The counselor’s turn There are no easy answers in the IVF-versus-adoption debate, and many couples have the same issues that Didi and Mark are confronting. Didi’s emotional ups and downs and Mark’s temper were an issue, so they took steps recommended by the counselor to manage their feelings better (read more here). The counselor suspected Mark’s anger may be masking depression, so he visited a psychiatrist, who confirmed the diagnosis and put him on antidepressants, which helped his mood immensely. The couple had to take the time to mourn their loss and acknowledge that they’d never have a biological child together, and their pattern of ignoring the issue just kept them mired in it. They had serious questions to consider: Would Didi regret not attempting to carry a baby? Would she feel guilty she denied Mark the chance to be a father? Would Mark resent Didi if she refused to try IVF? After nine months of discussion, they reached an agreement: They would try to find an Indian egg donor but if they couldn’t, they’d adopt. They searched and searched and eventually did find a donor who looked a lot like Didi, but the woman changed her mind and Didi and Mark were crushed. That was the catalyst for their ultimate decision to adopt a child from India. They’ll travel to meet 18-month-old Nikel next month and bring him home to their family.
Have you struggled with infertility? Adopted a child? Do you think Didi and Mark made the right decision? Share your thoughts with us below.
July 14, 2011 at 1:25 pm , by Jennifer Castoro
Chances are that the husband you’re currently married to is, at least in some ways, different from the man he was when you first laid eyes on him. Odds are also pretty good that you’ve changed a bit, too. (And not just in dress size.) Hopefully the differences are good, and you’ve grown together as a couple. But Pam, a 41-year-old marketing manager, and her lawyer husband, Ross, 45, have decidedly grown apart. (Read the full story in our August issue, which hits newsstands this week!)
Pam’s turn Ross is more like her roommate than her husband. Their conversations never go deeper than the grocery list, and his 60-hour workweeks leave her stuck with all the parenting duties even though she works as well. If she complains about feeling overwhelmed, he’ll help for a few days then go back to his old ways. She knows their relationship isn’t terrible, but whenever she expresses that she misses their closeness, Ross says it’s not that bad and refuses to discuss it. And she’s in charge of everything around the house, not just parenting. The man can’t give her a single opinion – it’s like he’s an employee waiting for instructions. She’s also overwhelmed caring for her aging parents. The final straw came when she almost had an affair with a coworker because for once, she’d found someone that made her feel like a whole person, not just the director of the family.
Ross’s turn Pam seems so much happier at work than she does at home, and it makes Ross sad. He’s jealous of her coworkers and can’t remember the last time her eyes lit up for him like they do when she talks about them. He doesn’t think they live separate lives, just that they’re busy with work and the kids and can’t spend time together like they used to. Whenever he tries to help around the house, Pam criticizes him or asks why he didn’t do other chores, too. Her anger is off the charts, and they have epic battles every time they fight, so he avoids the confrontations completely. And of course he has ideas and opinions, he’s just been deferring to her to keep the peace. He didn’t mean to brush her off and doesn’t want a divorce. Read more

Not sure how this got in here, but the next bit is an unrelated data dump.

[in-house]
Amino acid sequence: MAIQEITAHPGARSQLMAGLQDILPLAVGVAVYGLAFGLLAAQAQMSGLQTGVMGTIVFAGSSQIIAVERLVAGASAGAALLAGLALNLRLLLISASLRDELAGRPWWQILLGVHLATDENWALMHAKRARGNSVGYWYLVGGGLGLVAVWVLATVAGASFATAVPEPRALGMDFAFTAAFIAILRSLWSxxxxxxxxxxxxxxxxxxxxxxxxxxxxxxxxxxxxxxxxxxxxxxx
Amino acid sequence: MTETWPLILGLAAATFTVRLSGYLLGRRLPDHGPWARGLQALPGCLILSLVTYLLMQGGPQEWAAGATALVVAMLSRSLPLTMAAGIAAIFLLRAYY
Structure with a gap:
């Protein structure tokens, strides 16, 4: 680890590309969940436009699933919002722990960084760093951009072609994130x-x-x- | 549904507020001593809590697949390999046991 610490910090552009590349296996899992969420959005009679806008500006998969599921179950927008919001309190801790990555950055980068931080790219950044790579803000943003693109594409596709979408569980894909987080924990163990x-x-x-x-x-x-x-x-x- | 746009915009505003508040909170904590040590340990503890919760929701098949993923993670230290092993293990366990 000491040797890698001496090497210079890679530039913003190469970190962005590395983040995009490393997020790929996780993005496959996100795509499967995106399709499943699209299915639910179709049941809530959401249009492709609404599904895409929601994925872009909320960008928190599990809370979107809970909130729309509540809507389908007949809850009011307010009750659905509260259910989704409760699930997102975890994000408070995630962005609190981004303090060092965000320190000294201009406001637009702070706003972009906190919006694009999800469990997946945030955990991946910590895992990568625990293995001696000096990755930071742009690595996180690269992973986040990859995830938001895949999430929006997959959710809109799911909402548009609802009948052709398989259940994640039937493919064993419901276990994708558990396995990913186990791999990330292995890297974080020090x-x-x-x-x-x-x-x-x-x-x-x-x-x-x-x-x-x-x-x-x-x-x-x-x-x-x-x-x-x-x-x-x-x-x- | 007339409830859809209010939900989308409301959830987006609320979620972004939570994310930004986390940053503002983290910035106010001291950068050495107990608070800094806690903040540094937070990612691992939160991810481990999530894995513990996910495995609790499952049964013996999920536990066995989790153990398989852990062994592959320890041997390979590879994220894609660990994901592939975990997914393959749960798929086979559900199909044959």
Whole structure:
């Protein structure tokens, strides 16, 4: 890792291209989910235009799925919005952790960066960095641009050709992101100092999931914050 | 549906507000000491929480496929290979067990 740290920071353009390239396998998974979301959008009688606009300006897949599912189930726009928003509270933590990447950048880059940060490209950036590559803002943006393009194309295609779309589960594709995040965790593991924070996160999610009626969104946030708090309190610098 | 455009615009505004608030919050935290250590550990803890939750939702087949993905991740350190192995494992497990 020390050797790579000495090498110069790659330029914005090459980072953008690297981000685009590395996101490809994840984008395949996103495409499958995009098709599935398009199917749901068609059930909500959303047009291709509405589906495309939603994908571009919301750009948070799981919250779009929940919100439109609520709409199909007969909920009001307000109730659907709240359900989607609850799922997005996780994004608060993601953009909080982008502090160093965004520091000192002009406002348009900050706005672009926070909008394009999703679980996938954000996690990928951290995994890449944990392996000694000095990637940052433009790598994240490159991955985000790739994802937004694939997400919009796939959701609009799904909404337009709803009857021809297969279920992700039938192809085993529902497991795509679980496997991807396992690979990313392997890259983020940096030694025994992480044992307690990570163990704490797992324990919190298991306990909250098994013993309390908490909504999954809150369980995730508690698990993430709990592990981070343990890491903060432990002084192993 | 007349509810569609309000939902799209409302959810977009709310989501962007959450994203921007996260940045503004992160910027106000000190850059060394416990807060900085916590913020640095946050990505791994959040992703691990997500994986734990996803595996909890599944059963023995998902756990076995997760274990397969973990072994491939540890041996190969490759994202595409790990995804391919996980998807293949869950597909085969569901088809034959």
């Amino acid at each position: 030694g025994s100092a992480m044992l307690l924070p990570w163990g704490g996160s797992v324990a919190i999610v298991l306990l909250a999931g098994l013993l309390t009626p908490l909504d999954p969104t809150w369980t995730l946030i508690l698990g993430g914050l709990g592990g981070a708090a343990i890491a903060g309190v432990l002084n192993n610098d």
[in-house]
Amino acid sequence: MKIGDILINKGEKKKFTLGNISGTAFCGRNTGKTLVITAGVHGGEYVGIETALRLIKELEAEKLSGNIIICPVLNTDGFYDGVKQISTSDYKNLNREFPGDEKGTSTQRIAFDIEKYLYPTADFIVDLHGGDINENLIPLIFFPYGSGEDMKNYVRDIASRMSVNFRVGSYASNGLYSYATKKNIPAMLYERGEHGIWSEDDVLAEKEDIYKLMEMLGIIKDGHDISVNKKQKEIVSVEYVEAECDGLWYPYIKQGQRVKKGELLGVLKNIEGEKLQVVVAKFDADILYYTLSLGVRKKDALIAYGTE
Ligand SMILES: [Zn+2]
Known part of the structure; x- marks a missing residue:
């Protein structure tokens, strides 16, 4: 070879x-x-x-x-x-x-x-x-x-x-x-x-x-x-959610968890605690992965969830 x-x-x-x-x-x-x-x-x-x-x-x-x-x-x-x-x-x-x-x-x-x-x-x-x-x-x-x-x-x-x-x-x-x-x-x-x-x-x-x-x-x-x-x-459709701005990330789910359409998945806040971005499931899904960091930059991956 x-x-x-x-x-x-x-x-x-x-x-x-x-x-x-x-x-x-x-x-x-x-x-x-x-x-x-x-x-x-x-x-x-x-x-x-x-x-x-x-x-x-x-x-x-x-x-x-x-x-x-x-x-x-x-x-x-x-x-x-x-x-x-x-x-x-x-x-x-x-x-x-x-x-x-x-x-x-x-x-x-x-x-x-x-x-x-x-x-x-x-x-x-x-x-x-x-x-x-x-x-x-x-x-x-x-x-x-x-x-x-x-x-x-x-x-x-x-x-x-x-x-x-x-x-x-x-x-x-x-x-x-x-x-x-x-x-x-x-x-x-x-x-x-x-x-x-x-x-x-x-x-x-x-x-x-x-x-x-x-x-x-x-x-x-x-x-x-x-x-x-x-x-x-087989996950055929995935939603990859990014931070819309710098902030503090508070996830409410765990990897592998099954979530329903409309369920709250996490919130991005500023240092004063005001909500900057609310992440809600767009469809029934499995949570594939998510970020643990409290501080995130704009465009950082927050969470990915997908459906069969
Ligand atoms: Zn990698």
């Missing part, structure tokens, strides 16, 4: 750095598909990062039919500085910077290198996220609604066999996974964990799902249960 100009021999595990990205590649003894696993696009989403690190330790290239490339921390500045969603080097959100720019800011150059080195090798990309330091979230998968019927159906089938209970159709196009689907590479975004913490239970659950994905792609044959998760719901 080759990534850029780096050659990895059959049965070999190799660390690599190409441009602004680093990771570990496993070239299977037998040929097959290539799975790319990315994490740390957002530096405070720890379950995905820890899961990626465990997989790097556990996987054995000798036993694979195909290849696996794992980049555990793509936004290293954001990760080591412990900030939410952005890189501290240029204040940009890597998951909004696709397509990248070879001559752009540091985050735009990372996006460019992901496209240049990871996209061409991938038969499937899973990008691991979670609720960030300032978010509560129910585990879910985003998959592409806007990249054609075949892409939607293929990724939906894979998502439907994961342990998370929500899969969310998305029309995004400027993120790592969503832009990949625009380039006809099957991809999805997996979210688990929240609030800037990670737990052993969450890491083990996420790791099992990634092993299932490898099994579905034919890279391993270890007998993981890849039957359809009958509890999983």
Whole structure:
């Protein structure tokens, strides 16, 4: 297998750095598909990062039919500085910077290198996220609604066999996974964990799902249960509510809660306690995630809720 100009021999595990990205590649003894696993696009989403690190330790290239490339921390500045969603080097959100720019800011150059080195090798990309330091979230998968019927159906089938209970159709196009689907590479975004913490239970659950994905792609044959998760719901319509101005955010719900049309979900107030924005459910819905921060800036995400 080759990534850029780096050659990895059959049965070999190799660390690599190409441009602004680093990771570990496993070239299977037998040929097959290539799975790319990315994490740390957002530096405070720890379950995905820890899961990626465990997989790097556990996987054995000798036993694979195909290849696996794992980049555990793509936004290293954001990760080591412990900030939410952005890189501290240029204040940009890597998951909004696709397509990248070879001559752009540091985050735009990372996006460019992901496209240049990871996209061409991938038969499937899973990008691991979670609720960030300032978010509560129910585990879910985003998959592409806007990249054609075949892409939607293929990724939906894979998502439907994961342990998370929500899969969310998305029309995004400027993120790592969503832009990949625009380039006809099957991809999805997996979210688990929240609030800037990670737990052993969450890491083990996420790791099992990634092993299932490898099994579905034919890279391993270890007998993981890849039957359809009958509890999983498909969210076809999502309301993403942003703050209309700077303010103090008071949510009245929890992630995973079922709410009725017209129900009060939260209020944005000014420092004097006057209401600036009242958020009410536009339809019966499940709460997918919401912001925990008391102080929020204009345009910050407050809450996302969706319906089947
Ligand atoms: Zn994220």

June 23, 2011 at 2:37 pm , by Jennifer Castoro
We’ve all had our share of stressful days at the office, after which we’ve gone home to greet our hubbies with little more than a peck and a grunt. But for Jon, a 38-year-old chief financial officer at a small engineering firm, every day is sheer torture. And his wife, Lara, a stay-at-home mom to their 1-year old son, can’t deal with his stress any longer.
Lara’s turn Jon is completely shut-down, anxious and jumpy, and ignores her and their son. She wants to help ease his stress and empathize, but every time she asks a question about his day he snaps at her. He’d been out of work before he took this new job, so she understands he’s reluctant to leave it, but his boss is a raving tyrant. She did anticipate that Jon would work hard, but he’s doing more than that, keeping his phone on at all hours and skipping weekend activites. They haven’t been married very long and Jon didn’t work for much of the marriage, so she knows they’ll be able to survive if he gets out of this horrible situation. So why won’t he help himself?
Jon’s turn He’s so tense from the situation at work that he has no energy left for his wife or his son. He’d heard his new boss was difficult, but he had no idea it would be this bad. The man bullies everyone, berates his employees and calls Jon at 2 in the morning. He was happy at his former job but when the company moved to a new state and Jon didn’t go along, he thought he could find something else he liked just as much. Now, he feels stuck and he’s not sure why – maybe because he was recently unemployed or because his own father unhappily stayed at the same company his whole career to provide for the family. Jon plans to stick it out and learn to deal with his ogre of a boss, but he’s resigned to a life of misery that his wife can’t accept. Read more